Extraordinary Art Brought to Ordinary Life
by X.J. Kennedy
Every poem of Midge Goldberg’s, when read aloud, sounds convincingly like speech from a human mouth. That isn’t usual nowadays, as you’ll notice if you try lending your voice to the poems in a current little magazine. In some of Goldberg’s work, the poet imagines far-fetched events. See “Curiosity No Longer Sings Happy Birthday to Itself,” featuring a winsome space rover; or “Time Travel Airlines,” in which the reader is invited to meet his or her mate back when that person was a stranger; or “God Talks Back to the Baseball Player,” which begins with the Almighty admitting:
Sometimes it sucks being me.
I really dread those prayers of yours,
the ones right before you strike out.
I feel like I’m Aunt Mabel,
and then bringing fruitcake….
These extraordinary stories are couched in ordinary diction. So too are the poems concerned with everyday life, which in Goldberg’s work are more numerous. Who would expect commonplace objects to inspire memorable poems? Wordsworth, to be sure, once wrote an ode to a shovel, beginning, “Spade! with which Wilkinson hath tilled his lands!” but I remember it only because it was so bathetic. Yet Goldberg indelibly celebrates the ordinary in poems such as “Pan,” not about the mythic deity but about trying to find a twenty-inch baking pan with a high rim, suitable for making a chicken feeder. She has also given us poems on such subjects as hats, a sump pump, a coffeepot, and an ice tray [forthcoming in Light‘s Winter/Spring ’19 issue]. From her most recent collection, Snowman’s Code, how’s this brief poem, “The Language of Love,” for rendering the ordinary special?
I found not flowers or poetry
This morning when I woke up,
But coffee brewed and poured into
My Wonder Woman cup.
If that little poem (which I love) is autobiographical, the brewer of the coffee must have been the poet Robert Crawford, the spouse who also favors rhyme and meter, though his style and subject matter differ from hers. Goldberg’s love poems are surely among the best love poems being written these days (admittedly, not so many). In her first collection, Flume Ride, I cherish among much else, “Let Me Count the Ways”—the title, of course, a take-off from Elizabeth Barrett Browning. It begins:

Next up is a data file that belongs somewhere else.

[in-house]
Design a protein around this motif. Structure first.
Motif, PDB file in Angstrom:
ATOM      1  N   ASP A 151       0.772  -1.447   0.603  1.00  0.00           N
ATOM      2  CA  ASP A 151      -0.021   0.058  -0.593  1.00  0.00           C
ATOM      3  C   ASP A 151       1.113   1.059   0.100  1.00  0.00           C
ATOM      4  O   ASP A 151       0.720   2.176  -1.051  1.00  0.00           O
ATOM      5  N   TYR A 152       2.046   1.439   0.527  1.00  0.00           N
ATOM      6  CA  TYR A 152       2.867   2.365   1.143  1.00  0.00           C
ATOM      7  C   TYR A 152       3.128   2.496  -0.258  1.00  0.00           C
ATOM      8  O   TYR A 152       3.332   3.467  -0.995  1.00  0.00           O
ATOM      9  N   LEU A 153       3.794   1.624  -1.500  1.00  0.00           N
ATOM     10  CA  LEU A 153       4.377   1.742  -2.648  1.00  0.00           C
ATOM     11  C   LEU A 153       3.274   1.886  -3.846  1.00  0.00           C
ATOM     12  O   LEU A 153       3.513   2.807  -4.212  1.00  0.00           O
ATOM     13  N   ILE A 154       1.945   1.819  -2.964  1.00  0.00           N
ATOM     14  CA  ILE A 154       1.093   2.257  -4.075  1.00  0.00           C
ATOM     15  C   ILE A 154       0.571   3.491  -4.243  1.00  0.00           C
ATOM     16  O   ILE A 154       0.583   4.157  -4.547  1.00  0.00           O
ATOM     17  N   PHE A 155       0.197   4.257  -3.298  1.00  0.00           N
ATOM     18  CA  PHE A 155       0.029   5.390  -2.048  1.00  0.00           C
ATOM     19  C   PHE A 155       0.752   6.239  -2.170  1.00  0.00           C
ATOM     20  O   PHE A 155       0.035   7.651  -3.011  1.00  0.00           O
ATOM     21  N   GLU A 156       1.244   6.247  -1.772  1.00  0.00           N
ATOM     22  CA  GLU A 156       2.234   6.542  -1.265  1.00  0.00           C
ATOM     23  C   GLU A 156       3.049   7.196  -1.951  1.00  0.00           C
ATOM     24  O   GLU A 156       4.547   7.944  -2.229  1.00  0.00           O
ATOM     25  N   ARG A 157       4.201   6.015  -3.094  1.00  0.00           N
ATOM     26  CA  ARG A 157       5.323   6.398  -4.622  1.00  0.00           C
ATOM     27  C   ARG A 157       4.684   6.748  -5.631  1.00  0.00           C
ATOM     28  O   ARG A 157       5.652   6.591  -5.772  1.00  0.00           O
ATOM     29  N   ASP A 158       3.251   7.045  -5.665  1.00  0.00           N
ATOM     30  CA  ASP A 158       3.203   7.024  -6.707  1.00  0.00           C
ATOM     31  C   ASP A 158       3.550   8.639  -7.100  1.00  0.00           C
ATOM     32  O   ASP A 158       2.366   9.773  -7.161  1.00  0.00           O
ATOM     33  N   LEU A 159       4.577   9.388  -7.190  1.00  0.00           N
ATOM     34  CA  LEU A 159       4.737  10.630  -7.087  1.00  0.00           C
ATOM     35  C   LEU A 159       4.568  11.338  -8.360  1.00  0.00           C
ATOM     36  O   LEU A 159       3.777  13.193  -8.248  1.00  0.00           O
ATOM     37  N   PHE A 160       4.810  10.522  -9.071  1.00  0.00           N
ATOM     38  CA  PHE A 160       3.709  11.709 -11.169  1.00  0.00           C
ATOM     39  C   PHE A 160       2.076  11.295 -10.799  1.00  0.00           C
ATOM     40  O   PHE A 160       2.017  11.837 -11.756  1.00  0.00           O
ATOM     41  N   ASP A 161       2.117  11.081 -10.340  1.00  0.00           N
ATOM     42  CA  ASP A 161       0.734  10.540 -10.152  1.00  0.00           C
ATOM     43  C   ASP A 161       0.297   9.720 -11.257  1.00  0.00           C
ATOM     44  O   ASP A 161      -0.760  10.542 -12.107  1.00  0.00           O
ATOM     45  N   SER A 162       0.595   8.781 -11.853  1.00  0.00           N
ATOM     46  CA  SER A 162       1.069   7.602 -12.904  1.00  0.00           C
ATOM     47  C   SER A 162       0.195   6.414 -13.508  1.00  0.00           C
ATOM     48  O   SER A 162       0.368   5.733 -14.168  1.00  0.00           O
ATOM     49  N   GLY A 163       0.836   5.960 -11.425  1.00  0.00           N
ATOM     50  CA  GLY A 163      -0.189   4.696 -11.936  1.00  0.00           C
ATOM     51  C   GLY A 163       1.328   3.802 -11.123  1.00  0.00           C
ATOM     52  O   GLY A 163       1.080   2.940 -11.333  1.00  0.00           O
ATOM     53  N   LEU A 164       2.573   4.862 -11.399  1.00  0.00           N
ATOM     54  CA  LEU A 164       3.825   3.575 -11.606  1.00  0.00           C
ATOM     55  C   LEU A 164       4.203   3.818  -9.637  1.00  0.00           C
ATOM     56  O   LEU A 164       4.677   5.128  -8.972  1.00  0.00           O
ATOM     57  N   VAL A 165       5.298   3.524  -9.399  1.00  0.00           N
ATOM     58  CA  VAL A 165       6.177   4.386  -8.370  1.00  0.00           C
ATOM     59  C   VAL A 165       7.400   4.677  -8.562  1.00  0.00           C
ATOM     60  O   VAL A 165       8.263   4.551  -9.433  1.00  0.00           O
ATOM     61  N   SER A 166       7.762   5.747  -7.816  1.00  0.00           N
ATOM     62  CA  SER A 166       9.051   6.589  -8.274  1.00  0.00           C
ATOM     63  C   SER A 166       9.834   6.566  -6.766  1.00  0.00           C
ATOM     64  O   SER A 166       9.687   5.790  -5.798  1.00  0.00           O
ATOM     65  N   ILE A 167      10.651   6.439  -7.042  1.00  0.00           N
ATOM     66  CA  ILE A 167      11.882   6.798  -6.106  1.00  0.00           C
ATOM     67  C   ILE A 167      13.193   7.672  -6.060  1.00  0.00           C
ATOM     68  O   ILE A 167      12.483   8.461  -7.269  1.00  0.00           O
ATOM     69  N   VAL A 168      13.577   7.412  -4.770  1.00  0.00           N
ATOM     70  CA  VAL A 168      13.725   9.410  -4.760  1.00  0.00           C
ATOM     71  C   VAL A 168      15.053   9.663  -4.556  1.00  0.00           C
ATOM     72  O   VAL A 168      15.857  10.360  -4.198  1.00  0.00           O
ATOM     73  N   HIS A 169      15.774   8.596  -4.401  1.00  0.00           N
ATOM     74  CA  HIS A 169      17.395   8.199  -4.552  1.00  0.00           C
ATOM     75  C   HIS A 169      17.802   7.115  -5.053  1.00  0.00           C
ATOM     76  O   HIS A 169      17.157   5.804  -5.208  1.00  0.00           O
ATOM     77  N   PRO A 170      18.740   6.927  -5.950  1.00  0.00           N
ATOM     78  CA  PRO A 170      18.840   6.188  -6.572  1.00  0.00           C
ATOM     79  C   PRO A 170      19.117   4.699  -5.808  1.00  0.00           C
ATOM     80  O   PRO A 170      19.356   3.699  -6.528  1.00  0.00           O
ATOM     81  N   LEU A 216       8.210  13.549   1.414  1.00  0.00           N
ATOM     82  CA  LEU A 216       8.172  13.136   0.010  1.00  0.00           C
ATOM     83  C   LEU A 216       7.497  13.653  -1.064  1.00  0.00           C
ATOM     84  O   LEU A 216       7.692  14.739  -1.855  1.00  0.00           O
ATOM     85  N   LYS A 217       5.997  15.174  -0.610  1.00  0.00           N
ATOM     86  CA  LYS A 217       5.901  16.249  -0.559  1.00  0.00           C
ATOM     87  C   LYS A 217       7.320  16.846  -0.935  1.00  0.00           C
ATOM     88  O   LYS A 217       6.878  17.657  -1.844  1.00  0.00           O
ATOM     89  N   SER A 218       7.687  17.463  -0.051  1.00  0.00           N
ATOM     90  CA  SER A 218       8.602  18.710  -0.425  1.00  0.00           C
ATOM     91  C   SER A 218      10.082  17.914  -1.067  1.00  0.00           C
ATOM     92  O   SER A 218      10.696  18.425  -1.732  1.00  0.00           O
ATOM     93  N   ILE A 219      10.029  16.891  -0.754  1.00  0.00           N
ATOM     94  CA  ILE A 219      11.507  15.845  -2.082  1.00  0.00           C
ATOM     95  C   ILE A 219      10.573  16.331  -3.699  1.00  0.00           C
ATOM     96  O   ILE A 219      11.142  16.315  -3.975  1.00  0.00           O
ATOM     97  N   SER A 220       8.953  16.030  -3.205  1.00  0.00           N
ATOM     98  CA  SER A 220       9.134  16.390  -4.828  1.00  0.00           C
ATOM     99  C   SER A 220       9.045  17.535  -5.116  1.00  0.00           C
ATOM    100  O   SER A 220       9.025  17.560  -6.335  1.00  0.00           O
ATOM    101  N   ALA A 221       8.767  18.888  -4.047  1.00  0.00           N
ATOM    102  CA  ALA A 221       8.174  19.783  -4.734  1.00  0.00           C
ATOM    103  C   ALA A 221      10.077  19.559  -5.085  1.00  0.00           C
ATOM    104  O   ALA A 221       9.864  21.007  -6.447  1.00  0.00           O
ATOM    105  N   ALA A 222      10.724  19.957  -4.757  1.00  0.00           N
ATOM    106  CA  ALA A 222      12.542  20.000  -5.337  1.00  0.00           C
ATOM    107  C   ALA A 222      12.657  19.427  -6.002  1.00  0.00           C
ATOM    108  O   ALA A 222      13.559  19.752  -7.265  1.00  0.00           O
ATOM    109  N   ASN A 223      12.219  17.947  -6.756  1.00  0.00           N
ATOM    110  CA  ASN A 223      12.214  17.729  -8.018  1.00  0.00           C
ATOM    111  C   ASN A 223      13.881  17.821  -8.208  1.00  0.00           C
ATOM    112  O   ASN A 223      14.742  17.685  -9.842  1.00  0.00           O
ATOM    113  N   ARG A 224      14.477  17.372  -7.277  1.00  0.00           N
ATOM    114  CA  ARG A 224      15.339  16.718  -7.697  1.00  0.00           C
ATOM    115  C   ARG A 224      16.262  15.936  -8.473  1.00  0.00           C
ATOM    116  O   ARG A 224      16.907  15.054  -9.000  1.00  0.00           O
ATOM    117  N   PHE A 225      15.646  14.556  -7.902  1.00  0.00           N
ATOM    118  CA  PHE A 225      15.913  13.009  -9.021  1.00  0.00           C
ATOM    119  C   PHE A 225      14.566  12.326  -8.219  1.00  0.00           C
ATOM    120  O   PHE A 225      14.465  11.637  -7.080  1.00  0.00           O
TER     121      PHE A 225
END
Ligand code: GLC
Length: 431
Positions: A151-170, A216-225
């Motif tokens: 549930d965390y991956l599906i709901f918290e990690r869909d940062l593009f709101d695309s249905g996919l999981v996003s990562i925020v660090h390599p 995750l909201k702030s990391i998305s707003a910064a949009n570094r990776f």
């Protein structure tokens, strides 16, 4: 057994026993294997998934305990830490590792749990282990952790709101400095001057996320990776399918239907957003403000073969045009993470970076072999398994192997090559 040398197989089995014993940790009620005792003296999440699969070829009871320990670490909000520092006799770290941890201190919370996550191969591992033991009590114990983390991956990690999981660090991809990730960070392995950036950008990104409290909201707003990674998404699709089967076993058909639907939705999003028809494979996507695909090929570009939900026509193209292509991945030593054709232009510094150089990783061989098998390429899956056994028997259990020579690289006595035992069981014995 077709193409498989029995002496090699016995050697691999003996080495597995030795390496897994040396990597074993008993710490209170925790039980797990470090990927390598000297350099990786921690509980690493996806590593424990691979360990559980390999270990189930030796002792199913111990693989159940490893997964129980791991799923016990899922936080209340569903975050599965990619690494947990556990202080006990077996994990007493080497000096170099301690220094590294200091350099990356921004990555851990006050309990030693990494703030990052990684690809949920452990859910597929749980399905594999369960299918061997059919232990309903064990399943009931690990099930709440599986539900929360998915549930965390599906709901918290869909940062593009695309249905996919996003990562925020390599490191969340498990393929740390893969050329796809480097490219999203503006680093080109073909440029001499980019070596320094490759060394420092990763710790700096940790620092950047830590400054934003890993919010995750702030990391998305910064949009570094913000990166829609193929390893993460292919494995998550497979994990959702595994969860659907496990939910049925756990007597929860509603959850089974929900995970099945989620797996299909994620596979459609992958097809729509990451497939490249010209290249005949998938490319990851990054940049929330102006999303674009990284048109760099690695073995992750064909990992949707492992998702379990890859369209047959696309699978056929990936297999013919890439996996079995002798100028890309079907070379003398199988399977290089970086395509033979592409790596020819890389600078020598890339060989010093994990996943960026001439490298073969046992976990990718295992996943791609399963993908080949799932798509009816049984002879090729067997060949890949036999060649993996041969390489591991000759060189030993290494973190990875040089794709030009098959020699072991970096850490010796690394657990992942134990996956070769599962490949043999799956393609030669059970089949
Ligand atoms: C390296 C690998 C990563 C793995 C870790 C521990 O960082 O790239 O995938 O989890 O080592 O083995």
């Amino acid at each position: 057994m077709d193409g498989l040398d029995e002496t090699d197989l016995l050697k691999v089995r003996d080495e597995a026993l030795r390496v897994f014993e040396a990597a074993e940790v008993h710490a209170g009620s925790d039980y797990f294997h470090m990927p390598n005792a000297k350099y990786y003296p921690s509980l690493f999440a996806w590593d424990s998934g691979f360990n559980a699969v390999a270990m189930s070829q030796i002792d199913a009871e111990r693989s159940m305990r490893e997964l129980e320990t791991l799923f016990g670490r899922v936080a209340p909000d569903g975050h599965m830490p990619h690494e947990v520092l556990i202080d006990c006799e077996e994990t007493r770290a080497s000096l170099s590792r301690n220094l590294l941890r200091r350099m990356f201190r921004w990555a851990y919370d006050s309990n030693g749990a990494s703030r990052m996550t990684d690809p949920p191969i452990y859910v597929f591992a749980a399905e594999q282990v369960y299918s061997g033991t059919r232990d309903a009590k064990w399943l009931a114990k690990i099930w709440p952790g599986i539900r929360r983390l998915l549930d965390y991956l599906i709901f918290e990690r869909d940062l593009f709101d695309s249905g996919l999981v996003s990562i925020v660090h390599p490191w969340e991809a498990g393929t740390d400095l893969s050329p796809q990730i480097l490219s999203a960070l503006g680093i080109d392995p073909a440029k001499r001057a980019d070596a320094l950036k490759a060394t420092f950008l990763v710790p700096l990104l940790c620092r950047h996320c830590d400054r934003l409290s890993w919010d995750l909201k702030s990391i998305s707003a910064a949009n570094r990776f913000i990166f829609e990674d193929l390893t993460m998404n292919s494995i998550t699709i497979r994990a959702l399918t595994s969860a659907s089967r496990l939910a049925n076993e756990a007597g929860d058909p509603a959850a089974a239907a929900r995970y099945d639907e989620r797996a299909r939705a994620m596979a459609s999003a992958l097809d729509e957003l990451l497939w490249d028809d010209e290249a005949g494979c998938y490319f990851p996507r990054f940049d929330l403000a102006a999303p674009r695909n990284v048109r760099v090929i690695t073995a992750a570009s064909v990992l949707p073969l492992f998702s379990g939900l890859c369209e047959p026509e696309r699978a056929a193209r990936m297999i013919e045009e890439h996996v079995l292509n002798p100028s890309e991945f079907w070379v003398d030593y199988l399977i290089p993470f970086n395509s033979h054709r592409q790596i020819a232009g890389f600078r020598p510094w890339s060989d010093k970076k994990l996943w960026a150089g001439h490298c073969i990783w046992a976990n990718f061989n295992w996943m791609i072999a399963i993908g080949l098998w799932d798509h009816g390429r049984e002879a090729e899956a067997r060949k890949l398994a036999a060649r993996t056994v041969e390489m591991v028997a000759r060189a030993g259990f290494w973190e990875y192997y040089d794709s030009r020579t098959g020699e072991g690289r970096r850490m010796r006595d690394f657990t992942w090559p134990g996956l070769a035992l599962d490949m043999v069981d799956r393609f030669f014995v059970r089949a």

I should not love you for your hair;
You’re not the one that put it there.
I shouldn’t love you for your eyes,
That look as if they’ve won a prize
Each time I see you look at me—
Your eyes, as well, you got for free,
But should I love that you love me?
Another object she champions is a harpsichord (in Snowman’s Code), which she finds unfairly becoming obsolete:
Just because of a simple hammer,
pianos still get all the glamour.
The harpsichord’s flat out of luck
with no one left to give a pluck.
Among Goldberg’s attractive strengths are her refusal to take herself dead seriously, her inability to think it the role of the poet to be the conscience of the human race. In “The Poet’s Corner” (Flume Ride) she wonders, “Does it matter where I sit / When I sit to write a bit?” And tentatively ends,
Maybe poetry’s not just
Simple fact of inspiration.
Maybe it’s—and here she cussed—
Just a matter of location.
Midge Goldberg was born and raised in Florida, and once remarked that she has never quite grown used to braving New England’s wintery blasts. Yet she was graduated from Yale, earned her MFA at the University of New Hampshire, and in her most-used publicity photo wears a woolen cap. She is one of the Powow Poets, a group that meets in Newburyport, Mass. to share one another’s poems and constructively tear them apart.
As her work in this issue of Light well shows, Goldberg writes with masterly skill in either traditional form or in free verse. The toil she must have devoted to her poems is invisible. For all the lightness of their tone, some of them go deep. I think it’s clear that she is one of the very finest American poets to emerge in the 21st century.
X.J. Kennedy‘s nine collections of verse include In a Prominent Bar in Secaucus: New & Selected Poems 1955 -2007 (Johns Hopkins University Press), a notable book of the American Library Association; and Fits of Concision: Collected Poems of Six or Fewer Lines (Grolier Poetry Press). He is the author of two dozen books for children, and of schoolbooks used by millions, including An Introduction to Fiction. His first comic novel for adults is A Hoarse Half-human Cheer. His honors include the Poets’ Prize; the Robert Frost medal from the Poetry Society of America; an award for children’s poetry from The National Association of Teachers of English; and a prize for light verse from the American Academy and Institute of Arts and Letters. He lives in Lexington, Massachusetts.